Other formats

    TEI XML file   ePub eBook file  


    mail icontwitter iconBlogspot iconrss icon

Nation Making, a story of New Zealand

Chapter XXXII. — Young Nations

page 287

Chapter XXXII.
Young Nations.

As we see ourselves:—Botany Bay.—The Cannibal Islands.—Opossum and Kangaroo.—Fern root and each other.—Then.—Now.—Four million Englishmen.—A hundred million Sheep.—Not afraid to Borrow.—Able to Repay.—The English of the English.—'The old order changeth.'—Australasia for the Australasians.—Colonial Intellect.—Southern Sunshine.—Faith in the Future.—A Big Graving Dock.—H.M. 'Calliope' and 'Diamond.'—War ships of All Nations.—Our Enterprises sneered at.—Newspaper Reproaches.—The Imperial spirit.—We go on our Way.—Immigration needed of the Right Kind.—John Chinaman not wanted.—A mixture of Races.—A parochial spirit.—Four hundred Millions and Four Millions.—The Colonies held for our Kin.—Solution of Chinese Difficulty.—A fair Record.

During the first century of the life of Australasia we have done a great work, and a good work. We have laid the foundations of Nations.

A hundred years ago Captain Cook found our Southern world a desert, inhabited by straggling tribes of wild men—in Australia hunting the opossum and the kangaroo, in New Zealand living on fern root and each other. Then, and for long after, Botany Bay and the Cannibal Islands were the terror of evil-page 288doers, and not to the liking of them that wanted an opportunity to do well. The desert continent and the forest-clad islands long remained much as Nature made them—untrodden by the White man, his sheep or cattle. The savage inhabitants produced no one article which a civilized man could eat or sell.

To-day, nearly four millions of Englishmen, a hundred million sheep, and countless herds of cattle and horses are amongst the first fruits of this one century, whilst Australasian wool, mutton, wheat, and wine take high rank in the markets of the world, and New Zealand produces, acre for acre, heavier harvests of wheat, oats, and potatoes than almost any other country.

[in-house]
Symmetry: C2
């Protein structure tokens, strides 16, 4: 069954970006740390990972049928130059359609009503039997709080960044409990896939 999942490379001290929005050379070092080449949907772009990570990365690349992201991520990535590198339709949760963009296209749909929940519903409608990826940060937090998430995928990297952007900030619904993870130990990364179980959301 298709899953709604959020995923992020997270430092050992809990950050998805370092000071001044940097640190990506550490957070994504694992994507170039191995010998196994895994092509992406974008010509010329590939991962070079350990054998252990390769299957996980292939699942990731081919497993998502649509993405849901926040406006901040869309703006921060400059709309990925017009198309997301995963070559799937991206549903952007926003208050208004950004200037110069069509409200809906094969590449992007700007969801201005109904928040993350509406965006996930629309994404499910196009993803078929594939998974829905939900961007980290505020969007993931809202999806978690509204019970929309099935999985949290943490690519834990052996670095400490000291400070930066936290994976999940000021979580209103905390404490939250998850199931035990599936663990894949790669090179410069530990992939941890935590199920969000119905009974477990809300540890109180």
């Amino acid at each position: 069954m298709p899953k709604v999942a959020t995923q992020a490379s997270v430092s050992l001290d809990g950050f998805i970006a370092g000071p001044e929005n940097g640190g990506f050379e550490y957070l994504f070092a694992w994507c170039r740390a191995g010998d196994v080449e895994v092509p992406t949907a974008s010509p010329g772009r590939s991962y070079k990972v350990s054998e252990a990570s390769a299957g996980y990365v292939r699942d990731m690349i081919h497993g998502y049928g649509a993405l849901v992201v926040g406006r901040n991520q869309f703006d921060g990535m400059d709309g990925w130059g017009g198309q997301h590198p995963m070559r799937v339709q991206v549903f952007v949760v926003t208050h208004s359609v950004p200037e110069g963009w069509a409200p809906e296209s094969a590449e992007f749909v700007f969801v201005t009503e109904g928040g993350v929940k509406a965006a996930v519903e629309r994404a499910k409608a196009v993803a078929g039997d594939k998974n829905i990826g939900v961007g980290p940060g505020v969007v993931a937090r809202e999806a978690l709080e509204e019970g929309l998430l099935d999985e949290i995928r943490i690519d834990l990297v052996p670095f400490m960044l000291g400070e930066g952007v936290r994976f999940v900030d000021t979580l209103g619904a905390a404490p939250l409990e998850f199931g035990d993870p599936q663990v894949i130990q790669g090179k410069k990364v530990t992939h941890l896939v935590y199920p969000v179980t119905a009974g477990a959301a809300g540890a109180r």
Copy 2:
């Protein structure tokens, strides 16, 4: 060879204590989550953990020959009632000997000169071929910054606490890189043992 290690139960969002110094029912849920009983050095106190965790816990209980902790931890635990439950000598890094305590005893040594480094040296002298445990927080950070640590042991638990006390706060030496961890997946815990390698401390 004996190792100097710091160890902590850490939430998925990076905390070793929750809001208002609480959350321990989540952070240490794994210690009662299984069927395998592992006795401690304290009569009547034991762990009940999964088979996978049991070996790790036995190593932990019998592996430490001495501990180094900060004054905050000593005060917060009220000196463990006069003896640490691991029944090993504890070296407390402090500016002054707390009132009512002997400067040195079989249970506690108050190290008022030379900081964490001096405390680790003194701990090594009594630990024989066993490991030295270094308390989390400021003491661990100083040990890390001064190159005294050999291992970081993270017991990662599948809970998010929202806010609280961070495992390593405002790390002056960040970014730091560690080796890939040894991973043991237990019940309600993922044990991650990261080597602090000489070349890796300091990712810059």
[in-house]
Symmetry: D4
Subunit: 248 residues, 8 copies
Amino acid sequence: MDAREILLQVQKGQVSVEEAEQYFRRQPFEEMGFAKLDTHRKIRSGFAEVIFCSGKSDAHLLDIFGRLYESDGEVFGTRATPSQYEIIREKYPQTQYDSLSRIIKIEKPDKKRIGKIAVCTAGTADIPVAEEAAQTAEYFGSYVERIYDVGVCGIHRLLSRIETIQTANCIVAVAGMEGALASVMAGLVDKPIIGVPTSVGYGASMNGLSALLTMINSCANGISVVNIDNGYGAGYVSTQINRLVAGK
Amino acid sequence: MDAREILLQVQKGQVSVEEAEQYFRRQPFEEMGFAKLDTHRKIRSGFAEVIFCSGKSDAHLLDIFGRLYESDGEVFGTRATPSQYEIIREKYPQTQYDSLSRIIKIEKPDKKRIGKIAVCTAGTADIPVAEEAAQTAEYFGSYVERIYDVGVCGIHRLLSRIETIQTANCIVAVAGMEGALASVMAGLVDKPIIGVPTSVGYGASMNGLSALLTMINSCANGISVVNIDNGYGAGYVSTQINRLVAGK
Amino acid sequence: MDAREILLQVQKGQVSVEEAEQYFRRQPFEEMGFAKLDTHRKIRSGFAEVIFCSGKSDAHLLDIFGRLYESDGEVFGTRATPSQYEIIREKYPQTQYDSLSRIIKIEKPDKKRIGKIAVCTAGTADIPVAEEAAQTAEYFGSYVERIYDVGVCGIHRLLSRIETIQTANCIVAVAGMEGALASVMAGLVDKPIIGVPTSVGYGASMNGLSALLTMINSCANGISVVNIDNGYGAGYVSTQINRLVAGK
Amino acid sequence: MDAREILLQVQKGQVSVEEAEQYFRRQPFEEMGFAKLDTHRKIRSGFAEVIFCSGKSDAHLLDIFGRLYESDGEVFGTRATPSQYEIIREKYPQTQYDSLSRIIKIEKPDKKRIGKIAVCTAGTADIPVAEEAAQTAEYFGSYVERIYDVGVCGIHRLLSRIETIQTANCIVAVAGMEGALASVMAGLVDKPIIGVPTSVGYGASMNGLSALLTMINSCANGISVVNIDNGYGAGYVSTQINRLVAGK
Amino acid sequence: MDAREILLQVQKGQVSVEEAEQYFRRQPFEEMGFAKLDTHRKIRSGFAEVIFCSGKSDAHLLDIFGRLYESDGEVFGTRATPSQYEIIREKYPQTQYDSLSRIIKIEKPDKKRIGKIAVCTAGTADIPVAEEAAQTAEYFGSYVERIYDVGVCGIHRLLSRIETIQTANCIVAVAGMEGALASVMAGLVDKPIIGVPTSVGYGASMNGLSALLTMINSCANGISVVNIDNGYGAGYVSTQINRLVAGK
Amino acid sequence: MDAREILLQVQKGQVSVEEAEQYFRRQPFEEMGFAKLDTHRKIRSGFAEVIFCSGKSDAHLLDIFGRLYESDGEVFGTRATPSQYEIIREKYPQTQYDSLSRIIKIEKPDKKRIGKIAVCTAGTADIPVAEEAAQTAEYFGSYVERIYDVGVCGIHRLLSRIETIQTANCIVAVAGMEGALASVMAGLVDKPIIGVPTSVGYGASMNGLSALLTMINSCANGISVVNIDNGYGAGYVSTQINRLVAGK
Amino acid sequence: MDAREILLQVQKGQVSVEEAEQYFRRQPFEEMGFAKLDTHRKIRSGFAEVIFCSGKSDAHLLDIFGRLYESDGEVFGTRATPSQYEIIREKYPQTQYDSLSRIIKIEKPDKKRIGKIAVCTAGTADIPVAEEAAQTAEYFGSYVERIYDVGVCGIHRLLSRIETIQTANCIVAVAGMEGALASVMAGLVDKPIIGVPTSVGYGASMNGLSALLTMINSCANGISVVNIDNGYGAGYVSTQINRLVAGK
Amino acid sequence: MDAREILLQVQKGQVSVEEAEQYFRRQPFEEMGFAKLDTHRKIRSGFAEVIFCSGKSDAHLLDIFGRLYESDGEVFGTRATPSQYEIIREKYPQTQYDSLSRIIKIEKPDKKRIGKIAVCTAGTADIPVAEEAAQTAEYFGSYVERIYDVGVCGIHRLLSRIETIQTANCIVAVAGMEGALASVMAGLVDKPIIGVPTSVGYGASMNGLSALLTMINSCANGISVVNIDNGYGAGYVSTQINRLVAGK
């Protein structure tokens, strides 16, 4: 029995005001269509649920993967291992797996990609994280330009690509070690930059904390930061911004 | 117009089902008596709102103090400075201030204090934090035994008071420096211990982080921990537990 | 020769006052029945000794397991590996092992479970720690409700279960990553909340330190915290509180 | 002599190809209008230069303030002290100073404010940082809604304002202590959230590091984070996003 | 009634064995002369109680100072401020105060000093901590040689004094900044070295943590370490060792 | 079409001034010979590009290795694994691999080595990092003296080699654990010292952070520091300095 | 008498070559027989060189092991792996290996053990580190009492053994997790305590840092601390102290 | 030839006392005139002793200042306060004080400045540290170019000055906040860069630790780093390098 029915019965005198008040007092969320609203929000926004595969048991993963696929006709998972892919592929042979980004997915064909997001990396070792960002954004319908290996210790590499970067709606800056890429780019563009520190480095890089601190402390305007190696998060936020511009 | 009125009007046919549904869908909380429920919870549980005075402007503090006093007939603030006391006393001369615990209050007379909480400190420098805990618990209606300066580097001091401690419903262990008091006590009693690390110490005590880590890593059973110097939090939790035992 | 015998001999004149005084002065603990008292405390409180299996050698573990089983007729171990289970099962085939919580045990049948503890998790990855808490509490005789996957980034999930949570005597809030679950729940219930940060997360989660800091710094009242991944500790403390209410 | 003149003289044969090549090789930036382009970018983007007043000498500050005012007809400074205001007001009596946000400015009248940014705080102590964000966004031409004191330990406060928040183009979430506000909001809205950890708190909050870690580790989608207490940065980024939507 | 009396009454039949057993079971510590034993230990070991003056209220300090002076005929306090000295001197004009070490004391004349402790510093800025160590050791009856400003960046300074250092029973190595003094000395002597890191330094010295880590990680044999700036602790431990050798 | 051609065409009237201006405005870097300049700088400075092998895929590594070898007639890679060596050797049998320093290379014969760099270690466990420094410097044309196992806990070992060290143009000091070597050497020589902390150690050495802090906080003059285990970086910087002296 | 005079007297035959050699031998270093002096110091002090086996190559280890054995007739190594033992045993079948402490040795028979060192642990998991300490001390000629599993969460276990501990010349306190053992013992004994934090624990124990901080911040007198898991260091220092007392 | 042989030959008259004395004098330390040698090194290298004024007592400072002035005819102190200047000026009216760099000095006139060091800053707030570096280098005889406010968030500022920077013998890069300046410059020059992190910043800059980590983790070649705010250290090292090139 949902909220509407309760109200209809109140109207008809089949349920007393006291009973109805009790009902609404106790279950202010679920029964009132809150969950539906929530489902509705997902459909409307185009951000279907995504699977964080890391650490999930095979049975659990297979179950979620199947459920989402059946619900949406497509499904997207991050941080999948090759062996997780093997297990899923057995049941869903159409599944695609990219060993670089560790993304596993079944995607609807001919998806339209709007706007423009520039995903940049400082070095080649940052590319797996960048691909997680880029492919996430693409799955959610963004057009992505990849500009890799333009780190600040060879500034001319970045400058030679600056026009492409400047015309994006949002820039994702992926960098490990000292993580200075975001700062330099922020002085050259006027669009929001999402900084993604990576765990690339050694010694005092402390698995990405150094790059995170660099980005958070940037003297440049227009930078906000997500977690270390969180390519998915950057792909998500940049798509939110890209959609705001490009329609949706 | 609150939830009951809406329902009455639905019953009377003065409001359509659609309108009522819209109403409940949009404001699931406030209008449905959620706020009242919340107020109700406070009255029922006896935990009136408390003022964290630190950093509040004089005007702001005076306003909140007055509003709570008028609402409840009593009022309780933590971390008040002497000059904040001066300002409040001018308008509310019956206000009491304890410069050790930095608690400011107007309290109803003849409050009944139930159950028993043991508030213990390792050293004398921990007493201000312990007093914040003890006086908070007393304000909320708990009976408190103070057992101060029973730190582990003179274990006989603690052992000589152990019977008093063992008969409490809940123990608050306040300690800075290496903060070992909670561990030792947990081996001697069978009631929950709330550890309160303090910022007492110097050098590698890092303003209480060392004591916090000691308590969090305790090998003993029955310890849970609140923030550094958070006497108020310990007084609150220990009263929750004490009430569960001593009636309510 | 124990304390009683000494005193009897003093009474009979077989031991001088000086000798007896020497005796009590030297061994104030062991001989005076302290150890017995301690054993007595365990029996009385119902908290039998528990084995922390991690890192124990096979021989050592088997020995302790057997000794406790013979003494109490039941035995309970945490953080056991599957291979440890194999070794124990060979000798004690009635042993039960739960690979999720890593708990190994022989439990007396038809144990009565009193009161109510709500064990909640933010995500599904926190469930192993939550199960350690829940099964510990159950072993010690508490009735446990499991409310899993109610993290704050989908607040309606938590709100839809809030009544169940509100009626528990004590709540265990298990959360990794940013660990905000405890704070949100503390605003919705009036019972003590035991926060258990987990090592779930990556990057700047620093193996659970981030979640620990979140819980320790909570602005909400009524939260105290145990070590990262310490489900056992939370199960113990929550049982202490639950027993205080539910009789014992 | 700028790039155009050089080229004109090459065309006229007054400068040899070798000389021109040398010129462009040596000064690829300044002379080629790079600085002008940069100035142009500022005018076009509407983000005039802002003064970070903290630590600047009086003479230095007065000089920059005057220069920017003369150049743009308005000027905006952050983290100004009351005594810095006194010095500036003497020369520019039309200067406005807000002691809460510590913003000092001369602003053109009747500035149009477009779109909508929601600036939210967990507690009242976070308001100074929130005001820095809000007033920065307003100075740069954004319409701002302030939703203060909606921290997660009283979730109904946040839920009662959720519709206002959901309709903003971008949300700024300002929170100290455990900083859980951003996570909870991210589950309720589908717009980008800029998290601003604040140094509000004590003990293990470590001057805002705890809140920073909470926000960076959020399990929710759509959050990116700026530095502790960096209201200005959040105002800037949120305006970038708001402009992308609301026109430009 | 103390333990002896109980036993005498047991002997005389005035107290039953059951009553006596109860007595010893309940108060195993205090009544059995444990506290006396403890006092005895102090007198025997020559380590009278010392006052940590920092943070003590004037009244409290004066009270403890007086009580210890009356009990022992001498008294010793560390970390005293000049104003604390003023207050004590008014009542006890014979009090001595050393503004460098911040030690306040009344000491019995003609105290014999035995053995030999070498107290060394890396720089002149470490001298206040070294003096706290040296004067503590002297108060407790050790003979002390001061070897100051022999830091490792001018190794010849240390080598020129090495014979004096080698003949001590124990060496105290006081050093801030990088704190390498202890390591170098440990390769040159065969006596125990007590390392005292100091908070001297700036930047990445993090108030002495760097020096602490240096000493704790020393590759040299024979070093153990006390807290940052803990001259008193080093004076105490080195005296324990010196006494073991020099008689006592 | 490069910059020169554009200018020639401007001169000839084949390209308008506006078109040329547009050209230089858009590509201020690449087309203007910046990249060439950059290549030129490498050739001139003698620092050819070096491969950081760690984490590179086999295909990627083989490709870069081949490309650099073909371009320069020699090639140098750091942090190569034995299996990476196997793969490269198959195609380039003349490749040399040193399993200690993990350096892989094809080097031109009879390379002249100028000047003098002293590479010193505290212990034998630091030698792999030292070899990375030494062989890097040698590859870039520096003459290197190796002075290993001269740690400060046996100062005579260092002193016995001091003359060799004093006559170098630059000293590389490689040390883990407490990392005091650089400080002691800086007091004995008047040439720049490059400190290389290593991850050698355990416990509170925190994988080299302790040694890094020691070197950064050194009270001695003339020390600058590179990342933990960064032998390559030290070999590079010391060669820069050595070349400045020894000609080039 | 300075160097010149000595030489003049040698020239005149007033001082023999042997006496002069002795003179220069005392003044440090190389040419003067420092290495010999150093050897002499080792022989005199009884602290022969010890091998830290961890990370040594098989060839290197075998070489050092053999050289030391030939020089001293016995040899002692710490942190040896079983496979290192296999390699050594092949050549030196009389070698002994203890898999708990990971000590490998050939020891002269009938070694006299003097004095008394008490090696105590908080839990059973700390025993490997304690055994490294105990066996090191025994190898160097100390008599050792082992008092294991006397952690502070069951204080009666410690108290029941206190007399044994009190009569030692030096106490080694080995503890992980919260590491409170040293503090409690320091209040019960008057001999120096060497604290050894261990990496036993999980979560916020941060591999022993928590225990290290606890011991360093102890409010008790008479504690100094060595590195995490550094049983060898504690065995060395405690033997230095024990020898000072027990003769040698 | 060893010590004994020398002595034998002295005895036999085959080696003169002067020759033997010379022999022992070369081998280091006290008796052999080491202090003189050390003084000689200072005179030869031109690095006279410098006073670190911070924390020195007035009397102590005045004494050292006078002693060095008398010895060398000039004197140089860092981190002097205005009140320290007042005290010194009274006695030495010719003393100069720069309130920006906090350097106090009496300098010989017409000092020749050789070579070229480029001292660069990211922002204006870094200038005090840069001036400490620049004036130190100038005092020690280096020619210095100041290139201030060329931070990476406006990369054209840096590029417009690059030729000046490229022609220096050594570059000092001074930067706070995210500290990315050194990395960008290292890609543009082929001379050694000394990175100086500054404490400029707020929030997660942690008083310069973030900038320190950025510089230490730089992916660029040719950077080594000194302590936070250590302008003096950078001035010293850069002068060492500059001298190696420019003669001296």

A hundred years ago the frail bark skiff of the Australian savage and the war canoe of the Maori were the forerunners of the navies which now sweep across the wide waters of the Pacific. Then, the Gunyah, the Whare, and the fortified Pah were the sole representatives of architecture in Australasia. To-day, houses, schools, churches, colleges, and palaces are to be found within its wide dominion. Then, the savage Corroberee and the Maori Runanga were the sole precursors of our courts of justice and halls of legislation. Then, a few faint tracks worn by naked feet were the rude forerunners of the roads, bridges, and railways of to-day. Then, not an ounce of mineral was known to exist. To-day, we own and work the richest gold and silver mines in the world.

Then, Australasia owed nothing to the world outside, and the world owed nothing to her. To-day, she page 289owes a public debt of a hundred and seventy millions sterling, and in return has provided an English home for a hundred millions of English-speaking people in the future.

We are justly proud of what we have done. We have not been afraid to borrow, and we are in no doubt of our power to repay. We have, it is true, drawn largely—too largely—upon the future. But in all this have we not given abundant evidence of an Imperial spirit? In this sunny South we have faced and conquered difficulties and dangers, of which those who come after us will know nothing, except what history tells them.

In doing all this, is it strange that we regard ourselves as amongst 'the English of the English?' and like our ancestors of old, are steadfastly engaged in the heroic work of Nation Making, though under new conditions.

In times not long past, the countries we occupy were names of fear or terror to our countrymen who stayed at home at ease. Then anything was thought good enough for the colonies. But in this, as in other things, 'The old order changeth.' The founders of these young, strong nations have not laboured in vain. Our voice is making itself heard in the Councils of the Empire, and in the coming time, whatever France or Germany may do, neither of them will eventually rule in the Pacific. The potent voice of our American kindred has already cried 'Hold,' to an attempted exercise of tyranny. It will be heard again, should occasion demand it. Unless the Chinese immigration page 290question be allowed to drift, the inhabitants of the Austral continent and its adjacent islands intend to be paramount in these Southern Seas. Our watchword is, and will be:

'Australasia for the Australasians.'